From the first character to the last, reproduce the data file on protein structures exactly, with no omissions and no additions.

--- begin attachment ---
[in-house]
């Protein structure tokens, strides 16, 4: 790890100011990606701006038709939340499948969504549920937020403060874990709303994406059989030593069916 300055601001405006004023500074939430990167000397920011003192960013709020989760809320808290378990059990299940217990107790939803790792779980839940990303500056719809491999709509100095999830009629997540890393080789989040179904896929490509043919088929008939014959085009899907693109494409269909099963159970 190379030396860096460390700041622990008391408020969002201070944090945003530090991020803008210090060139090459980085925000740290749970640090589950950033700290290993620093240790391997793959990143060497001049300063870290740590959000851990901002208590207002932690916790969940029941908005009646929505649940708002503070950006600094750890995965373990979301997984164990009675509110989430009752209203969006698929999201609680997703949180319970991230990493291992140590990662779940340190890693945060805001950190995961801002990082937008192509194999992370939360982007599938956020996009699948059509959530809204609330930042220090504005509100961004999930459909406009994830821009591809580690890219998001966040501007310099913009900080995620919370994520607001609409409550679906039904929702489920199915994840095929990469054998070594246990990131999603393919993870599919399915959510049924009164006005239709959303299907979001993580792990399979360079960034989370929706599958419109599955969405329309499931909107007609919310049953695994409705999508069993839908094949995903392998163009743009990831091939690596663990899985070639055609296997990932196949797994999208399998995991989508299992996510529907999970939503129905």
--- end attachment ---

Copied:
[in-house]
């Protein structure tokens, strides 16, 4: 790890100011990606701006038709939340499948969504549920937020403060874990709303994406059989030593069916 300055601001405006004023500074939430990167000397920011003192960013709020989760809320808290378990059990299940217990107790939803790792779980839940990303500056719809491999709509100095999830009629997540890393080789989040179904896929490509043919088929008939014959085009899907693109494409269909099963159970 190379030396860096460390700041622990008391408020969002201070944090945003530090991020803008210090060139090459980085925000740290749970640090589950950033700290290993620093240790391997793959990143060497001049300063870290740590959000851990901002208590207002932690916790969940029941908005009646929505649940708002503070950006600094750890995965373990979301997984164990009675509110989430009752209203969006698929999201609680997703949180319970991230990493291992140590990662779940340190890693945060805001950190995961801002990082937008192509194999992370939360982007599938956020996009699948059509959530809204609330930042220090504005509100961004999930459909406009994830821009591809580690890219998001966040501007310099913009900080995620919370994520607001609409409550679906039904929702489920199915994840095929990469054998070594246990990131999603393919993870599919399915959510049924009164006005239709959303299907979001993580792990399979360079960034989370929706599958419109599955969405329309499931909107007609919310049953695994409705999508069993839908094949995903392998163009743009990831091939690596663990899985070639055609296997990932196949797994999208399998995991989508299992996510529907999970939503129905």